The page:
Rust's packages are called "crates". The central registry — stores its entire history as a Git repository. This visualization uses the Git repository to show Rust's growing ecosystem.

There are more than 21,000 crates

In December 2018, the number of crates on the registry exceeded 21,000. Due to the growth throught the year, the Rust team had to squash all commits on the repository as one commit in September.

It had been planned from the beginning. Cargo, Rust's package manager was designed and prepared for this squash commit. So, most of developers didn't notice the moment.

But, a lot of them have less than 6 releases

While there are a lot of crates out there, many crates have less than 6 releases. The ecosystem is still faily young. This histogram shows the distribution of the number of releases.

On the other hand, some crates have more than 100 releases. The below chart shows these "aged" crates. Please note that crates with "rustc-ap-" prefix are automatically published by alexcrichton/rustc-auto-publish.

Zero Dependencies is Good Dependencies?

This histgram shows the number of dependencies on each section. Normal dependencies are dependencies used by crates themselves. Development dependencies are dependencies used by crates' tests and benchmarks. Build dependencies are dependencies used by creates' build scripts.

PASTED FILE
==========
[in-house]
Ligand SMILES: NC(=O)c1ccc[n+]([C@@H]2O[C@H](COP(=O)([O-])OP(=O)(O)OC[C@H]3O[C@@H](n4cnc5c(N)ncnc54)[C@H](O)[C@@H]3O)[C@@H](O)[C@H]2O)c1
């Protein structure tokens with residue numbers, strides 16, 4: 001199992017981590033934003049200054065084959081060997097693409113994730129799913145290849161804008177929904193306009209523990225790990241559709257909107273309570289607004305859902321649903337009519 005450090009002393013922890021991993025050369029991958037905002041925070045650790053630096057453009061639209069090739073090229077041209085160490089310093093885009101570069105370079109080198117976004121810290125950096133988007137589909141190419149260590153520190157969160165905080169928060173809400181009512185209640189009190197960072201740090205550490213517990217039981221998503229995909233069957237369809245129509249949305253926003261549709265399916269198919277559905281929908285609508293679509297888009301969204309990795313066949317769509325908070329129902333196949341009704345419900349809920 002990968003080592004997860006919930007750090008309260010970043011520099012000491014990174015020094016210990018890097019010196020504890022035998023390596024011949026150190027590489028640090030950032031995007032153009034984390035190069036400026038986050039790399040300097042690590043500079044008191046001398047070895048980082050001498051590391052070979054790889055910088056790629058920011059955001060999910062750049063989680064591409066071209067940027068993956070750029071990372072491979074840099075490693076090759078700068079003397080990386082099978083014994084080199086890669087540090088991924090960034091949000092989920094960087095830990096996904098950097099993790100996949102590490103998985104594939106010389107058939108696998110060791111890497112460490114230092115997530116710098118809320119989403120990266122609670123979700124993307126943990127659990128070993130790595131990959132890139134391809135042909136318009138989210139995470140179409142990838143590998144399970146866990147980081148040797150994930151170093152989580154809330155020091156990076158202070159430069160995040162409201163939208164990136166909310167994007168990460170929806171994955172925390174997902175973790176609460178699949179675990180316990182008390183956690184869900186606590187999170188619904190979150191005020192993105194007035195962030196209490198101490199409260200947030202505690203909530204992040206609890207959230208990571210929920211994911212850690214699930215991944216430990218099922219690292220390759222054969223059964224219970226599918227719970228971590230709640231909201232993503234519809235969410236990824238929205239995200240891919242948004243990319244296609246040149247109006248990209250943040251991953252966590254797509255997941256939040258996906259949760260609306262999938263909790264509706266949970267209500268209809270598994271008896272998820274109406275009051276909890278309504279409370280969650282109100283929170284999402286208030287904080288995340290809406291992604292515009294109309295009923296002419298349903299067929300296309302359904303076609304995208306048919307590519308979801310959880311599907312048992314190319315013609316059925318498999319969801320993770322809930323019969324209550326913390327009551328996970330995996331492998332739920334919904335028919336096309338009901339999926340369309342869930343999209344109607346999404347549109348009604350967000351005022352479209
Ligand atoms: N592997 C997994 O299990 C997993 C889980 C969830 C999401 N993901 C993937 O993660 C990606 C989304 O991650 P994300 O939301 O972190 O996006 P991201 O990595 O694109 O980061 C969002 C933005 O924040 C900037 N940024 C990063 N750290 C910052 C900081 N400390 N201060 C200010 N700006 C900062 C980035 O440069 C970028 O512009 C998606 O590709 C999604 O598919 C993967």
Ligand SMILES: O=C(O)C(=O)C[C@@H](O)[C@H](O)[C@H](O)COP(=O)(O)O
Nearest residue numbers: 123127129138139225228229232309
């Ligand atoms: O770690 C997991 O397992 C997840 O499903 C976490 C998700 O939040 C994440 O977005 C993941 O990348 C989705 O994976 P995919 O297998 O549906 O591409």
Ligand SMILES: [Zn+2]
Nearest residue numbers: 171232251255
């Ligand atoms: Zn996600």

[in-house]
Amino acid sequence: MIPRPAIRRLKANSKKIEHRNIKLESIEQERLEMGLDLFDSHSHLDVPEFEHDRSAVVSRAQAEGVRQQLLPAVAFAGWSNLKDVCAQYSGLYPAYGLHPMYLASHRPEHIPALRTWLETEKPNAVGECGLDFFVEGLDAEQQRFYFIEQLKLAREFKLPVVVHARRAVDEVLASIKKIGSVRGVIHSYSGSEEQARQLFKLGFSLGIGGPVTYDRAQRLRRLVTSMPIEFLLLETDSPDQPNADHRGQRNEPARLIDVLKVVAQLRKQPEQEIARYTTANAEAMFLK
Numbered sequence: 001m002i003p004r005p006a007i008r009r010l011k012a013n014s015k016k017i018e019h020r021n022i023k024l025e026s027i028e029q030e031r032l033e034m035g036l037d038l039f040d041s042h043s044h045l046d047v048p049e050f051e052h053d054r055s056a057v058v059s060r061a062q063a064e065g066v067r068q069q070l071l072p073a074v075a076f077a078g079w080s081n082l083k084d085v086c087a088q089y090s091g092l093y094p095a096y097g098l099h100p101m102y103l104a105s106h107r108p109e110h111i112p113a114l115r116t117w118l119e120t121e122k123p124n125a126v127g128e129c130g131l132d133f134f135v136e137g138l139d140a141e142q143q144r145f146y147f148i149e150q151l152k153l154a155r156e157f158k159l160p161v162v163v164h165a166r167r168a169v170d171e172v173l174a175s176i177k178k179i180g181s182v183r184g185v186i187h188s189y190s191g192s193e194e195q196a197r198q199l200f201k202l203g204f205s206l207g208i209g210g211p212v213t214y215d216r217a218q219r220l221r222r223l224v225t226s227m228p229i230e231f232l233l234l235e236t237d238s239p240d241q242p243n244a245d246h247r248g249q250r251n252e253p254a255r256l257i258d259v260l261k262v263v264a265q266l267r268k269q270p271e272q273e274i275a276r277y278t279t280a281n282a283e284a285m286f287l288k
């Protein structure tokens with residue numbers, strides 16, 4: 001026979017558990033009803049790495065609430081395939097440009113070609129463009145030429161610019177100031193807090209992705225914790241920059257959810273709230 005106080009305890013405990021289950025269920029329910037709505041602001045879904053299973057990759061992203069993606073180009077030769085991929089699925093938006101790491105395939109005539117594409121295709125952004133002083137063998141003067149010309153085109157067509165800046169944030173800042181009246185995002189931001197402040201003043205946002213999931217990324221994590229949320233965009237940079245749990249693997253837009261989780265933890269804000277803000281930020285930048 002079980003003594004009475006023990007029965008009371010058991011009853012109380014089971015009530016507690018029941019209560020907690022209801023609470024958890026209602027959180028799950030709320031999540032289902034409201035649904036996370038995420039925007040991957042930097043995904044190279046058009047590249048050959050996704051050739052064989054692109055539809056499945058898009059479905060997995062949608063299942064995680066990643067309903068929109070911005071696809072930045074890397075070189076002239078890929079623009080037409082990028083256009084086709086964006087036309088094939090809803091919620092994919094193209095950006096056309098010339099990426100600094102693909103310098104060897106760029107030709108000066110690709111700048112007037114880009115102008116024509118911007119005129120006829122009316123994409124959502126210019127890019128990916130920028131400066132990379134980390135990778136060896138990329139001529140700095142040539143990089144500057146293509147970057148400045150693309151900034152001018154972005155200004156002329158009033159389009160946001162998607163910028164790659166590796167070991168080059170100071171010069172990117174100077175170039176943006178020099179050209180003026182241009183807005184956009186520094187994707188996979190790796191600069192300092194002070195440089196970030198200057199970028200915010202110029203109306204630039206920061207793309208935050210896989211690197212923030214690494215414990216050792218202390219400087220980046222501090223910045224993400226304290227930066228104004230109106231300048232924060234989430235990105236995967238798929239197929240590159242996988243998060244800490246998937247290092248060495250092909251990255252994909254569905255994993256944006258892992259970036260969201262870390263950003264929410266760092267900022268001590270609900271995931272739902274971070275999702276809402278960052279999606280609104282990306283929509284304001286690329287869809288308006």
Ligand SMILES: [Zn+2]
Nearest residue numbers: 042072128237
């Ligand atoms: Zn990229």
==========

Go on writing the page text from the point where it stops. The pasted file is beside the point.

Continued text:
A lot of crates have literally zero dependencies. But many crates are also young. The heatmap shows the relationship between releases vs dependencies.

Popular Crates: serde is used by over 3,000 crates

The below charts show the popularity of crates, based on the number of their dependents. Since they are based on dependent crates, applications like ripgrep is not there. Instead serde is appeared in all three rankings.

Created by Kazuyoshi Kato |
Made in Seattle, Washington